5 Lessons I’ve learned from working at a startup

Posted by Guest Contributor

09:00 AM

Should you work at a startup? Here's what to expect during your first year in the startup world. [TWEET]

By Nikki Pepper

March 10th 2015 was my one-year anniversary at WeWork, a company that equips businesses with beautiful shared office spaces around the world.

I rejoined a team after almost one year of freelancing, waiting for the right opportunity to dive into another job role. Immediately after my casual (but still, two-hour) interview, I knew: this was it.

Over the last twelve months, I’ve learned more than I can boil down into five points. But I believe these lessons speak to startup culture, and the amazing opportunities such an environment presents.

VQXYE2ZEHC

Topics: Changing Careers, Workplace

How to write the perfect resume to make a career change

Posted by Amanda Augustine

08:32 AM

Considering a career change? Here's how to rewrite your resume to make the switch. [TWEET]

Writing a resume can be an intimidating undertaking, and this is especially true if you’re planning to change careers or industries. If you’re interested in making a career transition, a resume revamp is imperative. 

I shared with Business Insider’s Jacquelyn V. Smith a sample resume and my top tips for someone making a career change. Here are the main takeaways:

Topics: Ask Amanda, Resume, Changing Careers

Where can you earn the most?

Posted by Hope Restle

12:50 PM

Where can you earn the most? See the best and worst cities for your career with TheLadders' new interactive Salary vs. Demand map. [TWEET

Where can you earn the most?

Location, location, location. When it comes to your job search, location really is everything; your success in the workforce can even be dependent on it. TheLadders discovered that approximately 35 percent of job seekers actually want a change of scenery - do they know something the rest of us don't? Could relocation be the best option for your career? Or maybe it's time to pivot to go in a direction more suited to your particular job market.

Assuming it's beneficial, how do you predict your next career move in today's volatile market?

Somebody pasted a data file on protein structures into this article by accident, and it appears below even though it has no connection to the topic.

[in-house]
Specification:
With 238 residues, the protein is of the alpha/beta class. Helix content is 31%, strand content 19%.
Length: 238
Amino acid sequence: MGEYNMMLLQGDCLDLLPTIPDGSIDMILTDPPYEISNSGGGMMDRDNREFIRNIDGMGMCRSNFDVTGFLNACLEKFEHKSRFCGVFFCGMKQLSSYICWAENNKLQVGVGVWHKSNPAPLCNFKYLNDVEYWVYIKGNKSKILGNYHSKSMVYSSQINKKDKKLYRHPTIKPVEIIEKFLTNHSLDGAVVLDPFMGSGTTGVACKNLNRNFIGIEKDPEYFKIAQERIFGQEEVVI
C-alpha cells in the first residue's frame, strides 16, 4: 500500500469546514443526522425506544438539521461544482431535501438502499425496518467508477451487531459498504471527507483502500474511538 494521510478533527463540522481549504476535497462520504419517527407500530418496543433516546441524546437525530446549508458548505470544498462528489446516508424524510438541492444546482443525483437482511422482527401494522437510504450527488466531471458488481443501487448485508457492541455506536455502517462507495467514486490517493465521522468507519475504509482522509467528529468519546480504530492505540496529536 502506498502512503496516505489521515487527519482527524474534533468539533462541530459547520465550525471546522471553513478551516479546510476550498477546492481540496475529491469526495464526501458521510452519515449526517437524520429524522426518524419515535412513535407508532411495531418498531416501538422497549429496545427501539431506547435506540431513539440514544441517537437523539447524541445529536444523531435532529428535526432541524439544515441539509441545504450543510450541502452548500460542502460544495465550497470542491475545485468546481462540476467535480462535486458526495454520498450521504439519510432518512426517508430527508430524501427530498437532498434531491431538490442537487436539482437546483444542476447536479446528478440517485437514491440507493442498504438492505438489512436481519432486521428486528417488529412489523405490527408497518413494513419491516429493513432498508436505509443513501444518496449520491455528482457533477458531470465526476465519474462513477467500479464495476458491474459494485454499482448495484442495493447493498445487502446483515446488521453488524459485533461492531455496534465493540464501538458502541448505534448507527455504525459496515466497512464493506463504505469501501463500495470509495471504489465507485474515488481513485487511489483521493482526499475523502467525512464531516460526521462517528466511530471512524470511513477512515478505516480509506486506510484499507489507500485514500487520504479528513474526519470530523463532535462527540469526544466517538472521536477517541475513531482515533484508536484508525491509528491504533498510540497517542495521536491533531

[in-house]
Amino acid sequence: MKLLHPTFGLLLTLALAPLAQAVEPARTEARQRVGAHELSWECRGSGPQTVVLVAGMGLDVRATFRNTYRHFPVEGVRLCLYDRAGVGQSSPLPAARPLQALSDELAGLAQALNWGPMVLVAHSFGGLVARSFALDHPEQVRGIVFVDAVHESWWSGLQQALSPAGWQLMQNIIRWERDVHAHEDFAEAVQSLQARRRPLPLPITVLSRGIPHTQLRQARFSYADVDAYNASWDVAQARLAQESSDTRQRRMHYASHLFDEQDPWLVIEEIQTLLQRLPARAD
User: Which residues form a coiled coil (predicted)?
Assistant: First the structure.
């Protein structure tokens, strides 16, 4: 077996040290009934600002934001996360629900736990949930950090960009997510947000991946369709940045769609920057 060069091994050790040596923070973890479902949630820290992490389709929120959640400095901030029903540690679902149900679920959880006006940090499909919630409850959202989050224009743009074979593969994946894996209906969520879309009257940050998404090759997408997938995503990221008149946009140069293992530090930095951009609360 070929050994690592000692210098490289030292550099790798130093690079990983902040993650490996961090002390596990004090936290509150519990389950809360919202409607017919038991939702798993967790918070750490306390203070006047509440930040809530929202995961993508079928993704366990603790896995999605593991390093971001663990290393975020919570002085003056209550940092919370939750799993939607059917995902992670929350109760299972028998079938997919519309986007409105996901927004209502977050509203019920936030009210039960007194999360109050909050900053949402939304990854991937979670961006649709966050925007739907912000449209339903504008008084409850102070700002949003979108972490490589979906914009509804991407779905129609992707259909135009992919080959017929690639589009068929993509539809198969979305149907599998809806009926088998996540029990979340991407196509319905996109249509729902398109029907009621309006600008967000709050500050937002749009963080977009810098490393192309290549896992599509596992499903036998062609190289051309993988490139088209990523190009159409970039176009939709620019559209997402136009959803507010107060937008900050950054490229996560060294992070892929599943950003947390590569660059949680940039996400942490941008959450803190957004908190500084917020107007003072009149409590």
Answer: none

Topics: Salary, Relocation, Changing Careers

How to earn six figures without an M.D. or Doctorate

Posted by Jade Clark

01:08 PM

Let's face it, graduate school isn't for everyone. But it's not the only way to make big bucks! TheLadders' salary analysis of 1.9 million U.S. professionals shows the top 10 highest-paying career paths for associate or bachelor’s degree graduates. 

highsalary

Earning a college degree has become a critical gateway to obtaining a secure, high-paying career. In fact, the value of a college degree has never been higher. So, if college is a must, what is the highest yield you can get from the minimum college investment?

Topics: Salary, Changing Careers

What skills matter? 2015’s top 5 tech careers - what you need to know

Posted by Amanda Augustine

12:08 PM

TheLadders’ data-backed report on this year’s top trending tech skills and job markets. [TWEET]

data-center-tech

We don’t need to tell you the tech industry is hot. It’s among the decade's fastest-growing job markets, making it difficult to keep up with - even when you’re working in the industry. Whether you’re an industry insider or considering a career change to this sector, it’s important to understand how the technology job market is evolving, and which skills are most in-demand so you can stay ahead of the competition and advance your career.

To figure this out, we turned to TheLadders’ newly launched Job Market Guide, which uses real-time data from our community of over 7 million employers and professionals across the nation. Our data science team then specifically analyzed current job openings and trending technical skills within the tech industry to determine which professionals are most in-demand by employers. Here’s what they found:

2015 Top Trending Careers in Tech:

  1. Senior Software Engineer
  2. Java Developer
  3. Product Manager
  4. Web Developer
  5. .NET Developer

Topics: Ask Amanda, New to the Workforce, Changing Careers